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A Letter to America’s Teachers

I never could predict what might happen in Mr. O’Neil’s art classes; I just knew I couldn’t wait for the next assignment.  Back then I didn’t realize all the ways this dynamic educator, a rare man of color leading our diverse classroom of second graders, was serving as a pioneer and role model for me and my peers in John Barry Elementary School.  But I’ll never forget how his teaching made me feel.  As a second grader, I remember looking up — watching him encourage, challenge and guide us – and thinking: “I want to be like him.”

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Honoring Teachers’ Commitment to Continual Improvement through Collaboration

Teacher Appreciation Week is one of my favorite times of the school year! Honoring the educators who spend countless hours creating lesson plans, building authentic relationships, and welcoming students into the learning space – whether it be in-person, online, or both – has been such a joy. I think back to my time growing up and fondly remember those who influenced me with their encouraging words, supportive nature, and praise of my efforts. My teachers, Ms. Pendergast, Mrs. Dixon, and Mr. Anderson were just three of many educators that left a lasting impression by showing me how much effort matters. I am grateful to them and to have this incredible opportunity to honor the efforts made by our nation’s teachers.

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The Pursuit of Education: A Story of Homelessness, Perseverance, and the Impact of Caring Educators

The pursuit of education: a story of homelessness, perseverance, and the impact of caring educators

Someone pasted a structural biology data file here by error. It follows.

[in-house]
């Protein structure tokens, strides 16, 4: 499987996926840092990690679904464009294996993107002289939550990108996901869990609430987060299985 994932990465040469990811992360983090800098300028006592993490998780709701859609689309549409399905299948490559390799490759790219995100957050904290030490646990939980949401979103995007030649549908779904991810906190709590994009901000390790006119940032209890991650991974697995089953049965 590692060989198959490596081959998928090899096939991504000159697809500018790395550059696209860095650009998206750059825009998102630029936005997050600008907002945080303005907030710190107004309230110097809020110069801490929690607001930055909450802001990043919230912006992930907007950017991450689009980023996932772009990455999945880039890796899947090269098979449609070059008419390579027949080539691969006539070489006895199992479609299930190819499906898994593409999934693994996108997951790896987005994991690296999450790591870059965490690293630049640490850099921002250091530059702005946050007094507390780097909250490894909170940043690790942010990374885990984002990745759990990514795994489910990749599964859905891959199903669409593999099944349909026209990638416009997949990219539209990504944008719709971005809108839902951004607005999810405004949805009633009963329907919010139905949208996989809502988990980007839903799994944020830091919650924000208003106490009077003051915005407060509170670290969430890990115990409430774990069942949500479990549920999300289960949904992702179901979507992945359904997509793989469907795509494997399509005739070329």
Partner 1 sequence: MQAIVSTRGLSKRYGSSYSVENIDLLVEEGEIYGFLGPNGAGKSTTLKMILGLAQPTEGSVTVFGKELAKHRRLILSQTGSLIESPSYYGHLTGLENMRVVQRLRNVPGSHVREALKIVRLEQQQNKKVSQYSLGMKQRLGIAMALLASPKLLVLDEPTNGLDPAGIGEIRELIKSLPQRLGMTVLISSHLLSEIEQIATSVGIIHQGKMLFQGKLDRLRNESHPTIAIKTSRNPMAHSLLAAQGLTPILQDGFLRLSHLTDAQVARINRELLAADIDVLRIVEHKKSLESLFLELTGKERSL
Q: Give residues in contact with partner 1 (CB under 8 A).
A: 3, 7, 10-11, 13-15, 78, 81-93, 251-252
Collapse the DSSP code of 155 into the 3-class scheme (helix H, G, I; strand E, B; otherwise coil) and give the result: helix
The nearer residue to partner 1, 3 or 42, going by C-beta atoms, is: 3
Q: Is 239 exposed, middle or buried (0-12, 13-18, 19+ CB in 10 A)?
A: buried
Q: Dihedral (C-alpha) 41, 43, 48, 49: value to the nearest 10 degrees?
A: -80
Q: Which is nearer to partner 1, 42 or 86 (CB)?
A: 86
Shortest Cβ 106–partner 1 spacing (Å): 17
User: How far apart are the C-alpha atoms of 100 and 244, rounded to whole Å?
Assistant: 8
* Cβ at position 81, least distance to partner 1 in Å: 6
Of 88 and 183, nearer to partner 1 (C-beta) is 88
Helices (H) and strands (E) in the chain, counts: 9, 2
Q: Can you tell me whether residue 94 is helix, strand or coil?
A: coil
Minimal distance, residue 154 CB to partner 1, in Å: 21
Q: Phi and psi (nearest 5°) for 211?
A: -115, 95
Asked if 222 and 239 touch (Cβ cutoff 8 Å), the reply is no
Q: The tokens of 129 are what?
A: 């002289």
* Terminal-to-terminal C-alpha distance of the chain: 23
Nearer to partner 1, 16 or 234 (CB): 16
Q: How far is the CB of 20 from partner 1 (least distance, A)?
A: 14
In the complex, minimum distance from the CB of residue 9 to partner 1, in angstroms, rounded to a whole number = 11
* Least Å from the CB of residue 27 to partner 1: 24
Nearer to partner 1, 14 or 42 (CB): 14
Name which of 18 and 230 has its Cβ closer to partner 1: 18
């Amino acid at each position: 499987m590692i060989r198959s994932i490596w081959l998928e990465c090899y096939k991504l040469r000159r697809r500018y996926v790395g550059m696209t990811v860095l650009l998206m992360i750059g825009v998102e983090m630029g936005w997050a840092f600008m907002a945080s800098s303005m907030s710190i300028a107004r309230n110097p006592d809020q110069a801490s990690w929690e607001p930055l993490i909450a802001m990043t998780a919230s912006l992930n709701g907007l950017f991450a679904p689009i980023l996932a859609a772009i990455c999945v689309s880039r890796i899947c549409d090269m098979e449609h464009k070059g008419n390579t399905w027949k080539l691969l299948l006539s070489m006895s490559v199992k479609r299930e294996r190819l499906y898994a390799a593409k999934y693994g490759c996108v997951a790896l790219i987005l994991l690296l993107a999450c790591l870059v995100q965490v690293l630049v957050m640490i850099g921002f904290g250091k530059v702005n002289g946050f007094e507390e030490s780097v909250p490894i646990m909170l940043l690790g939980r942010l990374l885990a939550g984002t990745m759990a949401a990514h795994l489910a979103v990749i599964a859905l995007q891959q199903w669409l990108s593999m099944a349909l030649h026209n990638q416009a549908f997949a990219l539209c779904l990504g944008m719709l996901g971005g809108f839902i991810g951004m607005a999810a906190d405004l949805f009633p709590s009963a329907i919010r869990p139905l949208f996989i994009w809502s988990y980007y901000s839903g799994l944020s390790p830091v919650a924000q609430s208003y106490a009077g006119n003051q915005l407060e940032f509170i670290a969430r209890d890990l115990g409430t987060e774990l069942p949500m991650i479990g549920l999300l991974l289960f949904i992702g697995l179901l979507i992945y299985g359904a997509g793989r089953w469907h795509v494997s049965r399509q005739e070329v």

By: Jahnee S.

I was 8 years old when I first experienced homelessness. Homelessness then became a struggle that my family and I couldn’t escape. I experienced standing in the snow, hoping my family and I had a place to sleep on a church floor; how packed and unsanitary emergency shelters are, as I got lice within two days of staying there; how “The Florida Project” brought me flashbacks to the many months my family lived in motels, and how I viewed peers with “the basic necessities” with such envy. Constantly moving and being disappointed led me to become extremely detached and avoid relationships of any kind out of fear of abandonment. Eight years later, at 16 years old, I was still experiencing homelessness. Though homelessness was not new to me, this experience as a 16-year-old was the most difficult because I was on my own without a family.

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An Ode to Poetry Month

an ode to poetry month

Plant the seeds of poetry and help your kids grow a love of rhymes, sonnets, ballads, and all forms of poetry. Inaugurated by the Academy of American Poets in 1996, National Poetry Month is now held every April, when schools, publishers, libraries, booksellers, and poets throughout the United States celebrate poetry and its vital place in American culture. This year marks the 25th anniversary of this annual celebration.

It’s easy to help kids of any age become aware of or deepen their appreciation of this literary art form. Memorize a favorite poem, organize a virtual poetry reading for your friends, or visit a poetry landmark such as a poet’s former residence or a place of inspiration to poets like the Brooklyn Bridge.

For Teens and Older Children

Introducing your child to poetry can start at any age! Here are a few activities and resources to help your teen or older children become more familiar with poetry.